Ant Group's record-shattering IPO is highly unlikely to get done in 2021, a new report says
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- The chances of an Ant Group initial public offering in 2021 look decreasingly likely as China looks to overhaul rules and regulations related to the fintech industry, according to a new Bloomberg report.
- The delayed public debut of Ant Group would be a blow to investors who were poised to benefit from what was supposed to be the largest IPO ever, including Alibaba.
- Alibaba, which owns a third of Ant Group, fell as much as 5% on Monday.
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The highly anticipated public debut of Ant Group is likely to be delayed in 2021 as China looks to overhaul and implement new rules and regulations related to the fintech industry, according to a Bloomberg report.
The initial public offering of Ant Group was abruptly put on hold by Chinese regulators earlier this month. Investors were anticipating Ant Group to raise up to $35 billion in what would have been the biggest IPO in history.
Ant Group is still in the “early stages” of examining changes that would be required to appease regulators, Bloomberg said, citing regulatory officials familiar with the matter.
“With so much work needed and some rules not yet spelled out, the officials said the initial public offering may not get done before 2022,” Bloomberg said.
The development is a blow to investors in Ant Group that were hoping to cash out with the IPO. Alibaba, which owns one third of Ant Group, fell as much as 5% on Monday, representing the sharpest decline since the IPO was delayed.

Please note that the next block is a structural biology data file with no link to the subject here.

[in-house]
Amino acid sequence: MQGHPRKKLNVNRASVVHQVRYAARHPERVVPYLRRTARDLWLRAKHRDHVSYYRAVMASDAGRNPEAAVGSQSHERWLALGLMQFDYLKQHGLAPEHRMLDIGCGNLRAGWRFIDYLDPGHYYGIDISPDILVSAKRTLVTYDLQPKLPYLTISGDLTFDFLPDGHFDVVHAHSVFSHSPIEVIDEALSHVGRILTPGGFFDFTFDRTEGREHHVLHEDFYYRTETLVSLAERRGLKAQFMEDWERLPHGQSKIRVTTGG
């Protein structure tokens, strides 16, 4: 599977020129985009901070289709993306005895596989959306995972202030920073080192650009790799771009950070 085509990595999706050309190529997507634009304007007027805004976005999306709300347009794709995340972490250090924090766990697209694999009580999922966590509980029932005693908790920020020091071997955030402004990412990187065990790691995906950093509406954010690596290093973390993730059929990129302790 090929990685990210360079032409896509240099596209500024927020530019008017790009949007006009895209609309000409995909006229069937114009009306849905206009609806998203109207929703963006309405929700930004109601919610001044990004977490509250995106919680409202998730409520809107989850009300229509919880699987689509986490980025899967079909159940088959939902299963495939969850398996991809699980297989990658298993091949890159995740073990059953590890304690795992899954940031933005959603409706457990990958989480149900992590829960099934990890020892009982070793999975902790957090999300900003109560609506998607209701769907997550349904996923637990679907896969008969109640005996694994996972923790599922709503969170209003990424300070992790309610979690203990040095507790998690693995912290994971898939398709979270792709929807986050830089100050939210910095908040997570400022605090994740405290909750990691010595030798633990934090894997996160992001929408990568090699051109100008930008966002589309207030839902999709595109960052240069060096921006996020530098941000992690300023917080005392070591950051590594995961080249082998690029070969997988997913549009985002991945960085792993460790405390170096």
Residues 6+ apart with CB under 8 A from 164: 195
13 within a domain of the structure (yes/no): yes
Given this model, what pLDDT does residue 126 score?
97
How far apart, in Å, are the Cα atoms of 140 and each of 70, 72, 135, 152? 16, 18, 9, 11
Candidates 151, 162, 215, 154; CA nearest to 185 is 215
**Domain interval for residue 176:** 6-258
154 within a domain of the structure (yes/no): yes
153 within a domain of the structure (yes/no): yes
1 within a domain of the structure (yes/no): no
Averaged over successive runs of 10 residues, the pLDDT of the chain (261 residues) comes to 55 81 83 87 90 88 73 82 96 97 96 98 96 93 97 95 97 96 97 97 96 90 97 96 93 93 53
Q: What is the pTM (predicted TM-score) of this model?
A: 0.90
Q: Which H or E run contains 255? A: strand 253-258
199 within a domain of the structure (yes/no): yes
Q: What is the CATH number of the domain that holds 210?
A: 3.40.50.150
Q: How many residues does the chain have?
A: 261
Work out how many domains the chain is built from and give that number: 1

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The big challenge Ant Group is facing is not only complying with the new restrictions, but also ensuring that the fintech giant will “fall in line” with the ever changing regulatory environment in China, according to Bloomberg.
Ant Group is now regulated by a joint task force set up by China, led by the Financial Stability and Development Committee, Bloomberg said.
Part of the new regulations would require Ant Group to hold more capital on its balance sheet as it facilitates consumer loans. Bloomberg estimated that Ant Group would require $12 billion in funds to regain compliance with the new rules and regulations.
If the fintech giant is unable to complete its public debut before its IPO filing expires in October of 2021, the company would have to restart the listing process with the Shanghai and Hong Kong exchanges.
The delay in Ant Group’s IPO has led some analysts to slash its valuation estimate in half, Bloomberg noted, serving a blow to those expected to generate a windfall from the IPO, including investment banks facilitating the deal.
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